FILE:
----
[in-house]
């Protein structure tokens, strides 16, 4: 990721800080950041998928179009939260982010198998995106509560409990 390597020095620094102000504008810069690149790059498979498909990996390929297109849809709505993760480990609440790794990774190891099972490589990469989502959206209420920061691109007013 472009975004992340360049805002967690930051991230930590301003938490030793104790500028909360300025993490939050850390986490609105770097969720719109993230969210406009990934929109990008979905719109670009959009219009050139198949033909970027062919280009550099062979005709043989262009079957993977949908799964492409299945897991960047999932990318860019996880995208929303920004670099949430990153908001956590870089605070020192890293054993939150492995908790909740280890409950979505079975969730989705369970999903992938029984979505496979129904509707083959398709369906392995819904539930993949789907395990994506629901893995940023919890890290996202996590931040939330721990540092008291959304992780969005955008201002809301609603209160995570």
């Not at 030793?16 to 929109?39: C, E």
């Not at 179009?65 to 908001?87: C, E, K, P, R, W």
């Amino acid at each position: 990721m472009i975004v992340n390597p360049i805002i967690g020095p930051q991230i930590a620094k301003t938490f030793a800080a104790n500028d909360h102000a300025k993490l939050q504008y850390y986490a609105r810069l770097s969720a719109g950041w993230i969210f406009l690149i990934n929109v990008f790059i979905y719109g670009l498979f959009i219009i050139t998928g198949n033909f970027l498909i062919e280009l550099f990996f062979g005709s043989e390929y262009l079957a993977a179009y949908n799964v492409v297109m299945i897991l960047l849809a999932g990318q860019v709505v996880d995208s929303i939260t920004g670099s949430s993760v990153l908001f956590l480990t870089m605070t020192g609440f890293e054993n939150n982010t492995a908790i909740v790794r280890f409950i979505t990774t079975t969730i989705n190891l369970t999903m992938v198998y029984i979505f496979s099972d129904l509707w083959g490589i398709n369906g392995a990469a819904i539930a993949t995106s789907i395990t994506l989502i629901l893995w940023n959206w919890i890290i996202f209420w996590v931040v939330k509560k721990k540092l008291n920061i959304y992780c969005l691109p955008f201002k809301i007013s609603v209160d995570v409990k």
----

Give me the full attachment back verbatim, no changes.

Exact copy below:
[in-house]
């Protein structure tokens, strides 16, 4: 990721800080950041998928179009939260982010198998995106509560409990 390597020095620094102000504008810069690149790059498979498909990996390929297109849809709505993760480990609440790794990774190891099972490589990469989502959206209420920061691109007013 472009975004992340360049805002967690930051991230930590301003938490030793104790500028909360300025993490939050850390986490609105770097969720719109993230969210406009990934929109990008979905719109670009959009219009050139198949033909970027062919280009550099062979005709043989262009079957993977949908799964492409299945897991960047999932990318860019996880995208929303920004670099949430990153908001956590870089605070020192890293054993939150492995908790909740280890409950979505079975969730989705369970999903992938029984979505496979129904509707083959398709369906392995819904539930993949789907395990994506629901893995940023919890890290996202996590931040939330721990540092008291959304992780969005955008201002809301609603209160995570």
């Not at 030793?16 to 929109?39: C, E």
């Not at 179009?65 to 908001?87: C, E, K, P, R, W």
């Amino acid at each position: 990721m472009i975004v992340n390597p360049i805002i967690g020095p930051q991230i930590a620094k301003t938490f030793a800080a104790n500028d909360h102000a300025k993490l939050q504008y850390y986490a609105r810069l770097s969720a719109g950041w993230i969210f406009l690149i990934n929109v990008f790059i979905y719109g670009l498979f959009i219009i050139t998928g198949n033909f970027l498909i062919e280009l550099f990996f062979g005709s043989e390929y262009l079957a993977a179009y949908n799964v492409v297109m299945i897991l960047l849809a999932g990318q860019v709505v996880d995208s929303i939260t920004g670099s949430s993760v990153l908001f956590l480990t870089m605070t020192g609440f890293e054993n939150n982010t492995a908790i909740v790794r280890f409950i979505t990774t079975t969730i989705n190891l369970t999903m992938v198998y029984i979505f496979s099972d129904l509707w083959g490589i398709n369906g392995a990469a819904i539930a993949t995106s789907i395990t994506l989502i629901l893995w940023n959206w919890i890290i996202f209420w996590v931040v939330k509560k721990k540092l008291n920061i959304y992780c969005l691109p955008f201002k809301i007013s609603v209160d995570v409990k």